The highly anticipated Privacy Bill (the Bill) was introduced to Parliament in March 2018 and is due to come into effect in July 2019.  It will replace the Privacy Act 1993 and aims to bring New Zealand's privacy law framework up-to-date with the digital society we live in.  The reform also brings New Zealand in line with international laws, including the European General Data Protection Regulation (the GDPR).

Mandatory reporting of privacy breaches

A key change introduced by the Bill is the mandatory requirement to notify a privacy breach to the New Zealand Privacy Commissioner (the Commissioner) and the individual affected, reflecting the reporting process under the GDPR.

Clause 118 of the Bill provides that an agency must notify the Commissioner as soon as practicable after becoming aware that a notifiable privacy breach has occurred.  An agency must notify any affected individuals or give public notification where a privacy breach has, or is at risk of causing real harm.1  "Harm" can include loss, detriment or damage to an individual; an adverse affect on the rights, benefits, privileges, obligations or interests of the individual; or humiliation, loss of dignity or injury to feelings.

Under the Bill, a "privacy breach" means:2

  • Any unauthorised or accidental access to, or disclosure, alteration, loss, or destruction of, the personal information; or
  • An action that prevents the agency from accessing the information on either a temporary or permanent basis.

Some examples might include:

  • Inadvertently seeing information;
  • Inadvertently sending information to the wrong person (often caused by autocompletion);
  • A device containing customers' personal information is lost or stolen;
  • A database containing personal information is hacked;
  • Disposal of confidential papers incorrectly;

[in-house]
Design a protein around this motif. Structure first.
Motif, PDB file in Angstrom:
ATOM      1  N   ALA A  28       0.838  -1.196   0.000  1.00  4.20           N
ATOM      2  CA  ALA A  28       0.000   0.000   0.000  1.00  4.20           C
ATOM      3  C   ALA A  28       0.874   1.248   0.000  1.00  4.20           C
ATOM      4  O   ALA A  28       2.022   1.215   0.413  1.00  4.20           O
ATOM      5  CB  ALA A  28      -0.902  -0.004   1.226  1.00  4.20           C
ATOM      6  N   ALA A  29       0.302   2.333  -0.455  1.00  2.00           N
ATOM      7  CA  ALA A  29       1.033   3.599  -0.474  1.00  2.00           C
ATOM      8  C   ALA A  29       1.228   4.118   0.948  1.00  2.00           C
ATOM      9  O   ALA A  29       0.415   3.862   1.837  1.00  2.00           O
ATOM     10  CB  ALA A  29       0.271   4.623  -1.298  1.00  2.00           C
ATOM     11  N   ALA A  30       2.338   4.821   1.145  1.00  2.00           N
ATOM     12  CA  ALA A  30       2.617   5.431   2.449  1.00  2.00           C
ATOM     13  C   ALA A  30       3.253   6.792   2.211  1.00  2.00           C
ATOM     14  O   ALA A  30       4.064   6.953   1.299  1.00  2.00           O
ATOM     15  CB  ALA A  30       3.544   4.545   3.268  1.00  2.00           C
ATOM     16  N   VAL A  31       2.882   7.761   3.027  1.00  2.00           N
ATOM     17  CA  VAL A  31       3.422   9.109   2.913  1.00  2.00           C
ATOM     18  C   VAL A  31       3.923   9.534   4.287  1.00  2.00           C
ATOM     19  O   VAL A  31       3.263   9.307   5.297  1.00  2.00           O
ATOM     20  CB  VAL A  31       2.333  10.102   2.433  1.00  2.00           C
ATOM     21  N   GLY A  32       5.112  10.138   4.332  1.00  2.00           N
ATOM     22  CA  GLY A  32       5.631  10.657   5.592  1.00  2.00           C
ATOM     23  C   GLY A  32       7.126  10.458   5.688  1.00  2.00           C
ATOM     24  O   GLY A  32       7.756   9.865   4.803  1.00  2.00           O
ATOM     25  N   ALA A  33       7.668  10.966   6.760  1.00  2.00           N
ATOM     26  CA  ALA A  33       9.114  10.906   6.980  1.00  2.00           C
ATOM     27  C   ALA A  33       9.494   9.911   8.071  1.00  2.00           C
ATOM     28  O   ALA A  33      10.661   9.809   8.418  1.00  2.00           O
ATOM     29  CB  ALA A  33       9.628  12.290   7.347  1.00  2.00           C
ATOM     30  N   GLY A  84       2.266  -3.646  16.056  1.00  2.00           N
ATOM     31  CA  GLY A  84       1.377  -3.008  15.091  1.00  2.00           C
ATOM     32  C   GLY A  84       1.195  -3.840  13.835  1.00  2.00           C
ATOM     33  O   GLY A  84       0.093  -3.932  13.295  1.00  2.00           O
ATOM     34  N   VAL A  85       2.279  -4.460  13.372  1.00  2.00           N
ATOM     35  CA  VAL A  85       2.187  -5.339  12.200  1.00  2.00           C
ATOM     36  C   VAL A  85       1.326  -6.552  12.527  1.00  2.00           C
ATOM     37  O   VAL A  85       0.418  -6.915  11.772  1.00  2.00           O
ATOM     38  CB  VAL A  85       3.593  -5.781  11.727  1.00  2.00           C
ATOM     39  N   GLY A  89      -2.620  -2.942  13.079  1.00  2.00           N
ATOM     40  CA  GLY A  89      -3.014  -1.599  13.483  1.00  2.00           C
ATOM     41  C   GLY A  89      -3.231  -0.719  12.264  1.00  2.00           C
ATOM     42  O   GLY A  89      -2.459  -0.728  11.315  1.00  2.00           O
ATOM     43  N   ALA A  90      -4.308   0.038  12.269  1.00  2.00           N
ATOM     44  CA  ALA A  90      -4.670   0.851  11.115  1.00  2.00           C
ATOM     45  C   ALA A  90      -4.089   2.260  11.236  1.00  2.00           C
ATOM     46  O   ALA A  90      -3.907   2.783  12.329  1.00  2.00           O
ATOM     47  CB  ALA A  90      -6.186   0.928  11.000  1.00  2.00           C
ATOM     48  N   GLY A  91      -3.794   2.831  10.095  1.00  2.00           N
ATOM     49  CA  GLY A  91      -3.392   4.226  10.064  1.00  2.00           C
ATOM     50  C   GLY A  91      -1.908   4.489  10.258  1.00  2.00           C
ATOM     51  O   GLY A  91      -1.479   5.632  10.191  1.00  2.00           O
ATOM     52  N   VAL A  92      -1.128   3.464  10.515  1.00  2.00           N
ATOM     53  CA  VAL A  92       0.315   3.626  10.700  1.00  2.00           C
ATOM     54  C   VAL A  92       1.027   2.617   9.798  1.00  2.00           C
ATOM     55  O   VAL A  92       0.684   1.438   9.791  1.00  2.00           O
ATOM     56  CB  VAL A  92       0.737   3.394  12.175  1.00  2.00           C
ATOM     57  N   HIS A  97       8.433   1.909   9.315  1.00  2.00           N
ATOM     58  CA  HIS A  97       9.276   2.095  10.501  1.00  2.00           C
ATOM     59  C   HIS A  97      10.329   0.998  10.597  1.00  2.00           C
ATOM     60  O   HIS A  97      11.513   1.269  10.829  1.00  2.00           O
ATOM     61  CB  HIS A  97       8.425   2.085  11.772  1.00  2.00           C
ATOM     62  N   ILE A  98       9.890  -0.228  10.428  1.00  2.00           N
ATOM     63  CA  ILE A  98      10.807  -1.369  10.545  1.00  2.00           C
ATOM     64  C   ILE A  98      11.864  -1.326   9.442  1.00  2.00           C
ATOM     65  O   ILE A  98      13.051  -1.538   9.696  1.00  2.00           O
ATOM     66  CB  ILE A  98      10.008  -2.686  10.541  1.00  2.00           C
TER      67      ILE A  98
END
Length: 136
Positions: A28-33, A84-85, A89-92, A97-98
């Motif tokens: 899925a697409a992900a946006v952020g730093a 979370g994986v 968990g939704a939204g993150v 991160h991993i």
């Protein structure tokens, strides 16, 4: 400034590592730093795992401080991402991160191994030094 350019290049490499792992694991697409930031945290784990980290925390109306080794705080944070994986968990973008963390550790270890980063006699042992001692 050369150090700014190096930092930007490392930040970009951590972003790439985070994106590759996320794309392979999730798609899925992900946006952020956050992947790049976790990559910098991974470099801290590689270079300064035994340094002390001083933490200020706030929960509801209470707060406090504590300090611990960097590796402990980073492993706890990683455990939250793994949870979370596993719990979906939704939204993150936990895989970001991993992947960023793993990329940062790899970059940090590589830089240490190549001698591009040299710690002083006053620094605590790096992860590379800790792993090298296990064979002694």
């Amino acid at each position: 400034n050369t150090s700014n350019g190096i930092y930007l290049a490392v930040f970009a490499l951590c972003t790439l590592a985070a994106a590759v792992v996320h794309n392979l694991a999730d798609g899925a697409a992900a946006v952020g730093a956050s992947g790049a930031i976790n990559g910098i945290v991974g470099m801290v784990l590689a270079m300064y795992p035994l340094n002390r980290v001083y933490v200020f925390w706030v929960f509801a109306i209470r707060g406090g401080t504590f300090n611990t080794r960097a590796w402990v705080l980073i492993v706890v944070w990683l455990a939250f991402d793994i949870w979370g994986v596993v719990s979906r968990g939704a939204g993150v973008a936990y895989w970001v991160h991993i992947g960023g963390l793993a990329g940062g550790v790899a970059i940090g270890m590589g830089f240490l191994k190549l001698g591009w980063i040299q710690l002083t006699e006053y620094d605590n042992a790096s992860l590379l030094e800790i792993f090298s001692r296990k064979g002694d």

• Sharing of passwords; and
  • Sharing data via USB.

Notification requirements

Where notification is required, the agency must inform the Commissioner of the following (inter alia):3

  1. The number of affected individuals (if known);
  2. The identity of any person or body the agency suspects may be in possession of personal information as a result of the privacy breach (if known);
  3. The steps taken or intended to be taken in response to the breach, including whether any affected individual has been or will be contacted;
  4. The names of any other agencies that the agency has contacted about the breach and the reasons; and
  5. Details of a contact person within the agency for inquires (usually the Data Protection Officer).

An agency is required to notify the affected individual of the same matters but must also confirm that the Commissioner has been notified and inform the individual of his or her right to make a complaint to the Commissioner.4Failure to comply with these requirements could result in a fine of up to $10,000.5  Individuals may also have recourse to the Human Rights Tribunal for damages, on the basis of an interference with their privacy.

What does this mean for you?

To ensure compliance, we recommend that all agencies:

  1. Keep records of where information is stored, who has access to it, when it is shared and to who;
  2. Implement a Data Protection Officer who has the responsibility to deal with privacy breaches when they arise and to carry out the notification process;
  3. Provide internal training for staff to ensure they are aware of their privacy obligations;
  4. Maintain watertight security systems; and
  5. Implement internal and external privacy policies.

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1 Privacy Bill 2018, clause 119.

2 Clause 117.

3 Clause 121.

4 Clause 121.

5 Clause 122. Note this penalty is low compared to that under the GDPR (up to €20 million).

The content of this article is intended to provide a general guide to the subject matter. Specialist advice should be sought about your specific circumstances.